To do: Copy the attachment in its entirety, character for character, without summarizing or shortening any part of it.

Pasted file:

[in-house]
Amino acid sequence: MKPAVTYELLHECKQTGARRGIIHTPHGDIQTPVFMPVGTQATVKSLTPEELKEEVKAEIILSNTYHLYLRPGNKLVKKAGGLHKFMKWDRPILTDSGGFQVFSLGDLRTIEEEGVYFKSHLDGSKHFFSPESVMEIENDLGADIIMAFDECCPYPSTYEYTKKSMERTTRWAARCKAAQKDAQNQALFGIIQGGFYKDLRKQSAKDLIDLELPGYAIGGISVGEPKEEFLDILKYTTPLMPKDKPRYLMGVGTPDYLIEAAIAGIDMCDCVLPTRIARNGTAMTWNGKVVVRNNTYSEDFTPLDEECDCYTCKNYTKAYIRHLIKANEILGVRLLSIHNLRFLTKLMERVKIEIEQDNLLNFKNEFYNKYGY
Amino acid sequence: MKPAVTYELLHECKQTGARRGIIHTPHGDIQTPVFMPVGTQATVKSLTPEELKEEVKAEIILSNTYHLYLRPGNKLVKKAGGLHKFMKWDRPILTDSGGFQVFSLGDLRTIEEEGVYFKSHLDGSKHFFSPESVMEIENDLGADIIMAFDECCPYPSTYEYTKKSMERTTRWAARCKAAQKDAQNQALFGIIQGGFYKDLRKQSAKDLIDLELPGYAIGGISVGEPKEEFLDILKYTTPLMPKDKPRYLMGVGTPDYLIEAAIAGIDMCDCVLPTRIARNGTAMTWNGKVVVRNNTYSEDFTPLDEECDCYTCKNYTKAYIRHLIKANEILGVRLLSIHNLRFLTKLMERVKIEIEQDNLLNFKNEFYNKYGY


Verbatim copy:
[in-house]
Amino acid sequence: MKPAVTYELLHECKQTGARRGIIHTPHGDIQTPVFMPVGTQATVKSLTPEELKEEVKAEIILSNTYHLYLRPGNKLVKKAGGLHKFMKWDRPILTDSGGFQVFSLGDLRTIEEEGVYFKSHLDGSKHFFSPESVMEIENDLGADIIMAFDECCPYPSTYEYTKKSMERTTRWAARCKAAQKDAQNQALFGIIQGGFYKDLRKQSAKDLIDLELPGYAIGGISVGEPKEEFLDILKYTTPLMPKDKPRYLMGVGTPDYLIEAAIAGIDMCDCVLPTRIARNGTAMTWNGKVVVRNNTYSEDFTPLDEECDCYTCKNYTKAYIRHLIKANEILGVRLLSIHNLRFLTKLMERVKIEIEQDNLLNFKNEFYNKYGY
Amino acid sequence: MKPAVTYELLHECKQTGARRGIIHTPHGDIQTPVFMPVGTQATVKSLTPEELKEEVKAEIILSNTYHLYLRPGNKLVKKAGGLHKFMKWDRPILTDSGGFQVFSLGDLRTIEEEGVYFKSHLDGSKHFFSPESVMEIENDLGADIIMAFDECCPYPSTYEYTKKSMERTTRWAARCKAAQKDAQNQALFGIIQGGFYKDLRKQSAKDLIDLELPGYAIGGISVGEPKEEFLDILKYTTPLMPKDKPRYLMGVGTPDYLIEAAIAGIDMCDCVLPTRIARNGTAMTWNGKVVVRNNTYSEDFTPLDEECDCYTCKNYTKAYIRHLIKANEILGVRLLSIHNLRFLTKLMERVKIEIEQDNLLNFKNEFYNKYGY